A division of Rolls-Royce – MTU Onsite Energy – is offering a generator set featuring Mercedes-Benz diesel engines, according to a story from Microgrid Knowledge.
One of the reasons users want onsite power is that organizations want to have a reliable backup in case of a general failure. That’s always been the case, but the possibility of a problem is increasing as the utility grid grows older and less investments are made in modernization. In addition, the story says, environmental regulations are raising the cost of coal plants. Consequently, fewer are being built. A third reason that on-site energy is growing simply is that legal requirements in some cases demand a certain level of reliable backup power.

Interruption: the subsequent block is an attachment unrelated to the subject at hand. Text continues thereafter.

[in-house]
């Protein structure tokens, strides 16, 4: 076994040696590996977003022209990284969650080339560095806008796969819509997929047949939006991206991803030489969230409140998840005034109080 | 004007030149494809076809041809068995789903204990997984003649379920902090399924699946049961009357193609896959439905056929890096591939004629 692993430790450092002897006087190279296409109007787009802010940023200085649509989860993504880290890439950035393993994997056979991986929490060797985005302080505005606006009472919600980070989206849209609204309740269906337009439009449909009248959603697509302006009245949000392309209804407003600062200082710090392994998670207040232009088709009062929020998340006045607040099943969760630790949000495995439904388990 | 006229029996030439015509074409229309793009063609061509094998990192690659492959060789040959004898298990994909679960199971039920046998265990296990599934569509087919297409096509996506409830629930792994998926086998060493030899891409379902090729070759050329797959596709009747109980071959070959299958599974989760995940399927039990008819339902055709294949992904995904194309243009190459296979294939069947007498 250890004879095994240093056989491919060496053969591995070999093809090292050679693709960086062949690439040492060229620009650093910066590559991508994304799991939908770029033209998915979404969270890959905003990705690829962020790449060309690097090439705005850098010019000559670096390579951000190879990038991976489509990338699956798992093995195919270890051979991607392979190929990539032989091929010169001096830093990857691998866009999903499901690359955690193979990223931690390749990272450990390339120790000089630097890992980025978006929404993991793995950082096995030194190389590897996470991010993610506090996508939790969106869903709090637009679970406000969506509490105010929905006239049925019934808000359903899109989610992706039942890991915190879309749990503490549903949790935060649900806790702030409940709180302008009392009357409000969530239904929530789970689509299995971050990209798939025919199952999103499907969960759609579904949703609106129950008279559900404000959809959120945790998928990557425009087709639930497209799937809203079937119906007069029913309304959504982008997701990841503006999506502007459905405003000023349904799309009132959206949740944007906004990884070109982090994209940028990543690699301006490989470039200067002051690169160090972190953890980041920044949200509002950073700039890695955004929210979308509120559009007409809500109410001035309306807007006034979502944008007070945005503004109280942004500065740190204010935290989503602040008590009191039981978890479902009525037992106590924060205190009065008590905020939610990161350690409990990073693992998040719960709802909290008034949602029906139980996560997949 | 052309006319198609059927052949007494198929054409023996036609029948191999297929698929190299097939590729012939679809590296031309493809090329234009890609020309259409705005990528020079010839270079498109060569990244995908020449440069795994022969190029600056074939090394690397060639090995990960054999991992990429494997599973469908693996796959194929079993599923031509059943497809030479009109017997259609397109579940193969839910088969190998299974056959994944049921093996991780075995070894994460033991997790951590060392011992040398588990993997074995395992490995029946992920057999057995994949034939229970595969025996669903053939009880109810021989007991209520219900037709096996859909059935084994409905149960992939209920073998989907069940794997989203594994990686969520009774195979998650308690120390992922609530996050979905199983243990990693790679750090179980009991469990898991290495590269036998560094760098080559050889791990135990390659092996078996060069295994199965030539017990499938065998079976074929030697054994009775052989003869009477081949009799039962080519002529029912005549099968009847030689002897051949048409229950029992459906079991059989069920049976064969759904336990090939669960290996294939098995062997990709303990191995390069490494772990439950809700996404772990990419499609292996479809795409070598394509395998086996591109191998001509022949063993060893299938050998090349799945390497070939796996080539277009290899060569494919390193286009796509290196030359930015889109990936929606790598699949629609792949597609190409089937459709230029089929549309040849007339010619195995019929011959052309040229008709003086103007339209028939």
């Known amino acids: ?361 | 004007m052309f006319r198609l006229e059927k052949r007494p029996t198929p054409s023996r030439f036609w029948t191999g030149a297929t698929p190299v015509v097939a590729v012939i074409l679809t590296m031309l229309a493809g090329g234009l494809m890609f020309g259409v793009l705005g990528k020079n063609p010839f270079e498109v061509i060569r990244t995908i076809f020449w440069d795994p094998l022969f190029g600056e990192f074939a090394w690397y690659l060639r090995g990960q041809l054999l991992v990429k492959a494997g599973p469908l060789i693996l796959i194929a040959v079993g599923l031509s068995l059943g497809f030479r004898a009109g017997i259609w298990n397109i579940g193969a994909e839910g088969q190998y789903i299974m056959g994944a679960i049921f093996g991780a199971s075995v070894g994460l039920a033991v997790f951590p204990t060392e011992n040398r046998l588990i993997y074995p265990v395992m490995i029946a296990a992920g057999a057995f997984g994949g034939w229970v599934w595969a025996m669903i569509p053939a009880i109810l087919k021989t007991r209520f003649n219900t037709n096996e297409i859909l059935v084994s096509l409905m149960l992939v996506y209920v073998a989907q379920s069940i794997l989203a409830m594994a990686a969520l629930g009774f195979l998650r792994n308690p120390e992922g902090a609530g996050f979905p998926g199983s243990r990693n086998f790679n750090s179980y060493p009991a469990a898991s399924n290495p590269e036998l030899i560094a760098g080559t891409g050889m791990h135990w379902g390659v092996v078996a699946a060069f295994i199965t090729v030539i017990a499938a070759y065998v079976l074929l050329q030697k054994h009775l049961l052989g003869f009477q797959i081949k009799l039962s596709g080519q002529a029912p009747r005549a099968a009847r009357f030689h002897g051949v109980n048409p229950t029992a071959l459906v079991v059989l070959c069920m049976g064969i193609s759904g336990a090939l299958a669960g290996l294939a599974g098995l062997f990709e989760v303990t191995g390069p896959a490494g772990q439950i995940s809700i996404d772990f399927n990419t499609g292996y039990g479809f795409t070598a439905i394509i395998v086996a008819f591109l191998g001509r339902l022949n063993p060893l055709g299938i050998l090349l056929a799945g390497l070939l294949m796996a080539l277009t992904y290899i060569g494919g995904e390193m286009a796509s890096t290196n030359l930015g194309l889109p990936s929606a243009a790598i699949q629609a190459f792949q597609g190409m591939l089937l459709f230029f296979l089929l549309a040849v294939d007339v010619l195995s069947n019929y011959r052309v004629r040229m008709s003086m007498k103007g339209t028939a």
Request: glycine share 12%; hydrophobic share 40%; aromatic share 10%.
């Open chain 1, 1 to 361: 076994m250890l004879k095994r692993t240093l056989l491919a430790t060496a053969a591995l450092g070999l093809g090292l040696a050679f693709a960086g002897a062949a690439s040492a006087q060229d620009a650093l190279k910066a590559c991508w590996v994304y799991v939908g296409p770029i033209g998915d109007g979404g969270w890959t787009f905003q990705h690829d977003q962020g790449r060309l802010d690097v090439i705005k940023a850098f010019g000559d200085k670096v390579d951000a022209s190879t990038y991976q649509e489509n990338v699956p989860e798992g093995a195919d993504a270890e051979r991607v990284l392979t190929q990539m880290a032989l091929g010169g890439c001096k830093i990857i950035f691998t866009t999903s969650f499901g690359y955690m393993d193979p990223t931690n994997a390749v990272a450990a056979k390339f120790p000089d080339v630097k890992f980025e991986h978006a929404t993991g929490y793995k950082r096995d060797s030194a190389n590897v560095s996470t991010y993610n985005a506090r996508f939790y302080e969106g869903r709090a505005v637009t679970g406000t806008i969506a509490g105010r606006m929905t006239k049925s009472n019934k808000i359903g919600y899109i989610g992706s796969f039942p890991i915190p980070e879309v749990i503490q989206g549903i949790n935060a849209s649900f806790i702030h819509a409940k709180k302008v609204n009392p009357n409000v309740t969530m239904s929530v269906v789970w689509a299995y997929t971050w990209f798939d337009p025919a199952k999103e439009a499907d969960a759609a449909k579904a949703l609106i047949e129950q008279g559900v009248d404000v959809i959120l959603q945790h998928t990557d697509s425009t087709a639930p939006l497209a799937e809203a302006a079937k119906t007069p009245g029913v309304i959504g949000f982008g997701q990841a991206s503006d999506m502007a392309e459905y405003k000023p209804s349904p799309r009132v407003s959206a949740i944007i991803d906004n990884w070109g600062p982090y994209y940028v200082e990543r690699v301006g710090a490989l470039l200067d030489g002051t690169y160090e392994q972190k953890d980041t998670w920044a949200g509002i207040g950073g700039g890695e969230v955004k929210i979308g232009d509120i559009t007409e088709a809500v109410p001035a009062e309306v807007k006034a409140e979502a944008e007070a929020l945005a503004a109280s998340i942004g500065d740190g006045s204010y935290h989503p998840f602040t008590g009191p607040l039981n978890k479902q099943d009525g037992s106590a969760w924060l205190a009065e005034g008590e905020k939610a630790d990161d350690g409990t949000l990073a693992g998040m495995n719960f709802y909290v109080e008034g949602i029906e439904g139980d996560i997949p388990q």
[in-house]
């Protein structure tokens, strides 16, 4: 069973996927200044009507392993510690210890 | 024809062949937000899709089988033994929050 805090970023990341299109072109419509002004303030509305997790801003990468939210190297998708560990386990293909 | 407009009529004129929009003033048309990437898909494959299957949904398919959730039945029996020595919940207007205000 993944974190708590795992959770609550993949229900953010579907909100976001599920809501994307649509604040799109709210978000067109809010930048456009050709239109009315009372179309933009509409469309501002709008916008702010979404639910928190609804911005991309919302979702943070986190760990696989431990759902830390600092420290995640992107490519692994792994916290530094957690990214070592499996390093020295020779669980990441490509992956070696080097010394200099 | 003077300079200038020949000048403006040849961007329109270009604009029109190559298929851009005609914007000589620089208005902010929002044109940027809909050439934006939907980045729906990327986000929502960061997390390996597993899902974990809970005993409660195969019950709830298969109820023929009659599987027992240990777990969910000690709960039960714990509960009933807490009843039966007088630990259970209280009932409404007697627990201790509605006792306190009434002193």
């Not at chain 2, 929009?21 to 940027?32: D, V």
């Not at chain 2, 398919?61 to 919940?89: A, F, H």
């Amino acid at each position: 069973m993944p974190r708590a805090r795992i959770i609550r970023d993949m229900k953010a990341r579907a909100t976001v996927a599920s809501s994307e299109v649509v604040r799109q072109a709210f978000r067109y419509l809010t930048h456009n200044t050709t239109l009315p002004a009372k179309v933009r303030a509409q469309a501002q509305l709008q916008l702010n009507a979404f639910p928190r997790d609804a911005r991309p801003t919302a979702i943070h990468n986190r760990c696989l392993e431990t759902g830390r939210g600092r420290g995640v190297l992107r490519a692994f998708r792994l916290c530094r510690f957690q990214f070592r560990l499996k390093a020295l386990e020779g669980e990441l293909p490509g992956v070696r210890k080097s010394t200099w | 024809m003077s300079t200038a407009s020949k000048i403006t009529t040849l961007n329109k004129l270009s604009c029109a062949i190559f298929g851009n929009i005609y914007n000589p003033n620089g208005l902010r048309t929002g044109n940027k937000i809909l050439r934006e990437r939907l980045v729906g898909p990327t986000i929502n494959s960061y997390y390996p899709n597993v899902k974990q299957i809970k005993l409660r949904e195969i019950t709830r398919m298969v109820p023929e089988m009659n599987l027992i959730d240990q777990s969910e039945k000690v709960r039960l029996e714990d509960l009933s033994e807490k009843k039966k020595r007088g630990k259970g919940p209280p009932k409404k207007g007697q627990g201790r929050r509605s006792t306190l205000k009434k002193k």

These factors led to Rolls-Royce’s entry. The engines being sold by MTU provide 80 kilowatt-electric (kWe) to 200 kWe of power.
Statz Brothers in Wisconsin have retained MTU Onsite Energy to provide heat and power for its dairy facility. The installation, according to Cogeneration and On-Site Power Production, will produce 763 kWe and 2.4 million BTUs of heat per hour.